When the current fiscal year ends in June, Maryland's tax collections will likely have dropped 5.2 percent from the previous year, the worst showing on record. Personal income in 2009 is expected to show the lowest growth rate since 1954; unemployment is at its highest level since 1983 and is expected to get worse; and solid economic growth is not expected until 2012 at the least.
Believe it or not, that counts as good news, at least in a relative sense.
The figures released Wednesday by the Board of Revenue Estimates are about the same as they were in the group's last report, in December, and that one was largely unchanged from September. None of the reports was rosy, but they did at least signal an end to a period in which Maryland's tax collections appeared to have dropped off a cliff. In fact, most of the write-down in expectations for the current fiscal year, 2010, can be attributed to the ill economic consequences of the major snowstorms of December and February, which resulted in lower-than-expected sales tax collections and lottery sales. The board optimistically assumes those events won't recur in fiscal 2011 and, thus, has left its estimates for that year steady.
The report comes at a key point in the General Assembly's consideration of Gov. Martin O'Malley's proposed fiscal 2011 budget. The Senate, which has the first crack at the governor's plan this year, is due to start making decisions about cuts next week. During the last two years, the legislature has sought to make extra reductions in order to guard against further deterioration in state finances - only to see the crumbling of tax receipts exceed the most pessimistic estimates, leaving Governor O'Malley with the task of pushing hundreds of millions of dollars in spending cuts through the Board of Public Works. It would be tempting for legislators to see the stabilization of the state's finances in the last few months, look ahead to the fall election, and conclude that they can take it easy this year.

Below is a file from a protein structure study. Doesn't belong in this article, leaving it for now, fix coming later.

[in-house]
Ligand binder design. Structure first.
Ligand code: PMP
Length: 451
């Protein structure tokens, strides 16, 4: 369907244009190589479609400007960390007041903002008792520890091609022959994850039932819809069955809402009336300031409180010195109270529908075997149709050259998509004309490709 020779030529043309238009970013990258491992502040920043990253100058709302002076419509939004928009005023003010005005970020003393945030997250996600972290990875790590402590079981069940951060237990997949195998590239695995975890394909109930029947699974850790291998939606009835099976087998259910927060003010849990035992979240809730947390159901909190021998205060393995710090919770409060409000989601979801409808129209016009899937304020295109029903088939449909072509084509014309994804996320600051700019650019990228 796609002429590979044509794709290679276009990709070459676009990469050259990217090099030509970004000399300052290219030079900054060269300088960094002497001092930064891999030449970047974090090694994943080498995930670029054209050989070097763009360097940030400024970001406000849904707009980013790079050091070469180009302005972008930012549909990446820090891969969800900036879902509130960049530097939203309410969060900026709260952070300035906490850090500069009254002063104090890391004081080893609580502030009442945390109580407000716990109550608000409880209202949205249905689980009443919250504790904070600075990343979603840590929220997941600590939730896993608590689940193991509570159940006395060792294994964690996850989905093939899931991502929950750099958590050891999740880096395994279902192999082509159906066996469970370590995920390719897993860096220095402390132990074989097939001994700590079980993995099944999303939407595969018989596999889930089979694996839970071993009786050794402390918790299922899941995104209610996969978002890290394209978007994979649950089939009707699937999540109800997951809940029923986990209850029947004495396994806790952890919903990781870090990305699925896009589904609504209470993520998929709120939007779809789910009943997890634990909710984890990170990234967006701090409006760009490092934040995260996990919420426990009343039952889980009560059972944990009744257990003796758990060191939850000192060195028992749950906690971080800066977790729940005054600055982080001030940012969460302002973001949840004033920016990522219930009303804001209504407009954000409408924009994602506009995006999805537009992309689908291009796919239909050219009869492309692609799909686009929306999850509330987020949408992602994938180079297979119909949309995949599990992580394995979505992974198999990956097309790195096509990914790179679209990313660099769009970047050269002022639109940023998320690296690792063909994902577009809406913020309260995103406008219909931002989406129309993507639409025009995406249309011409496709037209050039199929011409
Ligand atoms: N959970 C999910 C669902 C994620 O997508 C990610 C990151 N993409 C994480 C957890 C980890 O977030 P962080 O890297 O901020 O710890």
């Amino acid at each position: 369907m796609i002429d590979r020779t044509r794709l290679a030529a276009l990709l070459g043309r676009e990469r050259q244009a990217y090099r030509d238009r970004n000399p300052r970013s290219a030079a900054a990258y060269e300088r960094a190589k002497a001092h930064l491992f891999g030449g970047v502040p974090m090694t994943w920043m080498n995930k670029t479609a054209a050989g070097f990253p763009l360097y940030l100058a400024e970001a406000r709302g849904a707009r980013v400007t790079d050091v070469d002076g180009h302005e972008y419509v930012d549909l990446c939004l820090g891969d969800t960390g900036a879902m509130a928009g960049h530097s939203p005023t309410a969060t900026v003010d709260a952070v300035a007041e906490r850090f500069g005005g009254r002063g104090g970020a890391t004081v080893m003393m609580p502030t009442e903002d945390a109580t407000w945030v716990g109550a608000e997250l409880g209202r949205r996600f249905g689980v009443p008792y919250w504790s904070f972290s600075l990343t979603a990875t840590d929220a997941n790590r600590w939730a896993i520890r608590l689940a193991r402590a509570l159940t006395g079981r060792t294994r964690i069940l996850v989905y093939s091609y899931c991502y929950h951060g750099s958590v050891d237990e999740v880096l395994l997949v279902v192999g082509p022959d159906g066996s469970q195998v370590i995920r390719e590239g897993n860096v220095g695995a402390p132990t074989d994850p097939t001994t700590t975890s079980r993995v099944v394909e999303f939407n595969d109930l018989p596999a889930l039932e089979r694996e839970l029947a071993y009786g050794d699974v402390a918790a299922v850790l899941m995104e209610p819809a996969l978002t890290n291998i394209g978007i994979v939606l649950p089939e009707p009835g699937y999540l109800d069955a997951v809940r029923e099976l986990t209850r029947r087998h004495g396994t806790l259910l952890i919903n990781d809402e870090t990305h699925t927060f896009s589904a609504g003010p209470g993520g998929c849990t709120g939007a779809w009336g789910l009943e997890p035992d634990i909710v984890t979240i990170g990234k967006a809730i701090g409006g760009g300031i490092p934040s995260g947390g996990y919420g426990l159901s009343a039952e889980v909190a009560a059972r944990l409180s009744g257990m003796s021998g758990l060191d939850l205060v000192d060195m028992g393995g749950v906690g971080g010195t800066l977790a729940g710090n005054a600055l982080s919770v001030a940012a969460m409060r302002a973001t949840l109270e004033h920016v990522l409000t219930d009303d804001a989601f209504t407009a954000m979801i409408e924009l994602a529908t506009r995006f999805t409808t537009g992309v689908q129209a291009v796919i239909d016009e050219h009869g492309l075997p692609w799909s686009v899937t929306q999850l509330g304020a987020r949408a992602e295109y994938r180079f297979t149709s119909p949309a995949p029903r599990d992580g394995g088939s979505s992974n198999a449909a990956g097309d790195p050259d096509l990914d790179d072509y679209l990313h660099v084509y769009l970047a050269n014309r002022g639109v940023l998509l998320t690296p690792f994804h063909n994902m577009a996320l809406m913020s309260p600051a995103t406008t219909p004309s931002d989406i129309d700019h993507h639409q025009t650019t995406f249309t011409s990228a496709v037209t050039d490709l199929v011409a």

Still, even if the immediate pressure is off, lawmakers are all too aware of the state's massive long-term fiscal problems. Members of the Budget and Taxation Committee in the Senate say they are taking the long-term fiscal situation seriously and are considering significant cuts, in the neighborhood of $500 million. But the size of the cuts to the budget for the coming fiscal year matters less than what kind of cuts they are. One-time cuts may be the worst option. They provide a larger cushion of cash at a time when the stabilizing revenue picture makes that less necessary, leaving it available to once again paper over the chronic gaps between our spending commitments and projected revenues next year or the year after that.
The problem legislators should focus on is that mandatory spending formulas, pensions and post-retirement health benefits for state workers are all expected to increase spending far faster than tax revenues rebound, and the expiration of federal stimulus funds next year will leave a large hole in the budget. Adjusting those formulas in Maryland's long-term budget projections won't be popular, but it would provide a more honest assessment of what we can afford. Legislators don't have to solve all those problems at once, but the sooner they start laying the groundwork for long-term solutions, the less drastic will be the measures they'll eventually have to take.